As Russia withdrew from the capital, other parts of the country were besieged. Russia has announced it is directing troops into eastern Ukraine, where Russian-backed separatists have been battling Ukrainian forces for eight years.

Mariupol, a southeastern port city on the Sea of ​​Azov, remained cut off from the rest of the country as Russian ground forces fought to occupy the city. About 100,000 civilians – less than a quarter of the pre-war population of 430,000 – are thought to be trapped there with little or no food, water, fuel and medicine.

The International Committee of the Red Cross said it hoped a team of nine staff and three vehicles it dispatched on Saturday to help evacuate residents would reach Mariupol on Sunday, but warned: “The situation ahead Place is volatile and subject to rapid changes.”

Ukrainian authorities said Russia days ago agreed to allow safe passage out of the city, which has been the scene of some of the worst attacks and suffering, but similar deals have repeatedly collapsed amid continued fire.

A supermarket parking lot in the Ukrainian city of Zaporizhia has become a gathering place for tens of thousands of people fleeing Mariupol.

Peycheva Olena, who made it out of the besieged town, told Britain’s Sky News that she was forced to leave her husband’s body unburied when he was killed in a shootout.

“There was shelling and we tried to pull him away, but it was too much, we couldn’t do it,” explained her daughter Kristina Katrikova.

As the geography of the battlefield changed, little changed for many Ukrainians on the 39th day of a war that has left more than 4 million people fleeing the country as refugees and driving millions more from their homes.

The mayor of Chernihiv, which has also been under attack for weeks, said Sunday that relentless Russian shelling had destroyed 70% of the northern city. As in Mariupol, Chernihiv is cut off from deliveries of food and other relief supplies.

“People are thinking about how to live until tomorrow,” Mayor Vladyslav Atroshenko said.

On Sunday morning, Russian forces fired rockets at the Black Sea port of Odessa in southern Ukraine, sending up plumes of dark smoke that obscured parts of the city. The Russian military said the targets were an oil processing plant and fuel depots near Odessa, Ukraine’s largest port and home to its navy.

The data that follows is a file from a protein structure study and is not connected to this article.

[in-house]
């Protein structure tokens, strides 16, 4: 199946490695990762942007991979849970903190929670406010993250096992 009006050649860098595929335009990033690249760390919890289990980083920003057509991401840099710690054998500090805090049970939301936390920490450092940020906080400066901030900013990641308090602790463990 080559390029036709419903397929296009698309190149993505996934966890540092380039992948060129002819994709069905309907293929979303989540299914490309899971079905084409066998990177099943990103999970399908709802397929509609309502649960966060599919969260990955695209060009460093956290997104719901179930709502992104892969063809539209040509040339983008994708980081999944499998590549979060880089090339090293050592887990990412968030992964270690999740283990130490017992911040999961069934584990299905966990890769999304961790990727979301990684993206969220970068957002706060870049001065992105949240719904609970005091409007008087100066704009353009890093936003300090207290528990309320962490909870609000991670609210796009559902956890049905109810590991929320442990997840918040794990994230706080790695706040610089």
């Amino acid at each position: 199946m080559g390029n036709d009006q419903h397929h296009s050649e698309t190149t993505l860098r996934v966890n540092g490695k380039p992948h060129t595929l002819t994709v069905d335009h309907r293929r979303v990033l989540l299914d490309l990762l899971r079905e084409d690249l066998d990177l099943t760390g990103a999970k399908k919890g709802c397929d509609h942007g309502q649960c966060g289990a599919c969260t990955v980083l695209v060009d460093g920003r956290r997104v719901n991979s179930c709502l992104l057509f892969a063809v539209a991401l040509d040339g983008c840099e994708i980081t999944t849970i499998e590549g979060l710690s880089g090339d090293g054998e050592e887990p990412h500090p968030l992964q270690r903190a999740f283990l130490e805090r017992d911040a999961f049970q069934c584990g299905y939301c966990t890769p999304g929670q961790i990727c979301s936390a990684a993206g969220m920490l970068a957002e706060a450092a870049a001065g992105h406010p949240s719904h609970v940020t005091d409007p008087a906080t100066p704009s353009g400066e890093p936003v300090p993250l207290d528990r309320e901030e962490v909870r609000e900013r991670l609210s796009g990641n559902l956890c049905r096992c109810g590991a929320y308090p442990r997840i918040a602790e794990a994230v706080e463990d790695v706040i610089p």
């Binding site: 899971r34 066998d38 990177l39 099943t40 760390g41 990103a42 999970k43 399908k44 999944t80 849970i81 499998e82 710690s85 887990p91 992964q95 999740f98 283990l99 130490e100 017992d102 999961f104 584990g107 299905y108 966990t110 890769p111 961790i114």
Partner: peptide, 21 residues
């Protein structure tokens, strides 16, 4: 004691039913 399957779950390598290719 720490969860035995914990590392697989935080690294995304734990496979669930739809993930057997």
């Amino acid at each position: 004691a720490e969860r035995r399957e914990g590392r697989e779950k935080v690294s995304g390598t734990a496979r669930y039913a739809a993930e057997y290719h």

“I live in this eight-story building. At 6 a.m. Russia launched an attack and this boulder reached my house,” said Maiesienko Ilia, who lives near one of the facilities attacked.

Odessa City Council said Ukraine’s air defenses shot down some missiles before they hit the city. Ukrainian military spokesman Vladyslav Nazarov said there were no casualties in the attack.

The regional governor in Kharkiv said Sunday that Russian artillery and tanks had carried out more than 20 attacks on Ukraine’s second-largest city and its outskirts in the north-east of the country over the past day.

The head of Ukraine’s delegation in talks with Russia said Moscow’s negotiators had informally agreed to most of a draft proposal discussed at face-to-face talks in Istanbul this week, but no written confirmation had been provided.

Ukraine’s chief negotiator, Davyd Arakhamia, said on Ukrainian TV that he hopes the proposal is advanced enough for Zelenskyy and Russian President Vladimir Putin to meet to discuss it. But Russia’s top negotiator in the talks with Ukraine, Vladimir Mediksy, was quoted by the Interfax news agency as saying it was too early to talk about a meeting between the two leaders.

When his country’s troops retook territory north of the capital from retreating Russian troops, Zelenskyy called on all Ukrainians to do everything “to thwart the enemy’s tactics and weaken their capabilities.”

“Peace will not be the result of decisions made by the enemy somewhere in Moscow. There is no reason to harbor empty hopes that they will simply leave our country. We can only have peace by fighting,” Zelenskyy said late Saturday.